Kagia was firm in emphasizing, “we have not changed the timeline on our regulations, we’re just following the state guidelines on how rules are developed.” He said they’ve received over 3,000 public comments, which have been vetted and will be put out for further public comment at the May 11 OCM Board meeting. Overall, Kagia’s position is that there have not been delays in rulemaking (or resulting delays in licensing) as OCM is simply adhering to the state’s policies and procedures, which are extensive and take time.
Regarding social equity licensee funding Kagia was clear that it is not the purview of OCM and that the Dormitory Authority of New York State (DASNY) houses the state-mandated funding effort.
On the market activity that has taken place, Kagia is pleased with what he’s seen so far. In 2022, over 200,000 pounds of cannabis was produced in the state. When asked about current inventory, he said he was not sure how much inventory is available, but is certain the demand is there for the product. Regarding 2023 inventory, he doesn’t think there’s an inventory build as yet given the original licensed growers were prohibited from cultivating indoors. That’s not to say there isn’t some amount of “mixed light” or greenhouse growing, but again there are no production or inventory numbers yet for this year. Ultimately, Kagia is not concerned about supply for 2023; he’s confident there will be inventory with OCM looking to expand the number of cultivation licenses as retail demand dictates.
Kagia acknowledged the dearth of retail – only eight licensed stores are open in the state thus far – but said OCM is keen to open retail and predicts good consumer demand based on what he’s seen. ”We licensed 160 retailers so far and we are going to issue upwards of 300 retail licenses,” he pointed out. He was relentlessly optimistic about supply and demand, saying “we are going to see very robust retail activation this spring; we will have licensed 300 retailers going into summer.” However, “the number open by the end of summer” will depend on many factors, including whether they have their own location or are seeking help from the state to obtain retail space.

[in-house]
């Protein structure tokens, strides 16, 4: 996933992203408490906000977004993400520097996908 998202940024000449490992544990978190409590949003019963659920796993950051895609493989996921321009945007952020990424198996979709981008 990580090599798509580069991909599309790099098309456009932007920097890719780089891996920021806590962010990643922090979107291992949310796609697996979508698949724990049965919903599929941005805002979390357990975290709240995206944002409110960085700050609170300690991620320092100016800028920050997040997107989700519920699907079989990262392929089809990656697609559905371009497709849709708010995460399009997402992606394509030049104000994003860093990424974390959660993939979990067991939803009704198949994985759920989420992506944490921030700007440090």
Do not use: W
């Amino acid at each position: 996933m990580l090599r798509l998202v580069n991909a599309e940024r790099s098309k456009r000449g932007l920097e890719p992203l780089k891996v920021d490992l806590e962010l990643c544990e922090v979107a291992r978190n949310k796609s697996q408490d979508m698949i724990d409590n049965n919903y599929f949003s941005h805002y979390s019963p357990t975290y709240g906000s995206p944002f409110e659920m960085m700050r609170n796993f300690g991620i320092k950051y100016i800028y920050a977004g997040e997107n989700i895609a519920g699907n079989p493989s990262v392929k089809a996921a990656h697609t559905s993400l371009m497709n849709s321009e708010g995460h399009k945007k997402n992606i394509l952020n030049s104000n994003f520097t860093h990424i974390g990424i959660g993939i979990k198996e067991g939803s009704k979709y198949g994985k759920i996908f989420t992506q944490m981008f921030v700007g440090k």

Speaking more broadly about the market, Kagia said “one of the lessons we can learn from other states is what we tell our consumers; start low and go slow.” He noted what OCM has observed in West Coast markets is if you ramp up capacity too quickly it leads to cratering wholesale prices. He said OCM “is monitoring the roll-out of licenses to avoid destabilization of the supply chain.”
“OCM’s task is enormously challenging in a market the size of New York and with customers that are so sophisticated,” stated Kagia, but his long term expectation is for the state’s newest industry to be an enormous success both here and abroad.
From a wider perspective, he sees opt-out programs across the country as a way of rolling out legalization where rules don’t “come from on high,” giving communities choices about what businesses, if any, are located in their towns. On state-based versus federal legalization, Kagia said while state-based legalization may be suboptimal, until there is improvement in banking and taxation the performance of state-legal cannabis industries is “extraordinary.” He cited the $30 billion in nationwide retail sales in 2022 as a reflection of the success of the cannabis industry despite the lack of reasonably priced financing and more efficient business taxation. In fact, Kagia thinks $30 billion in retail is the “tip of the iceberg.”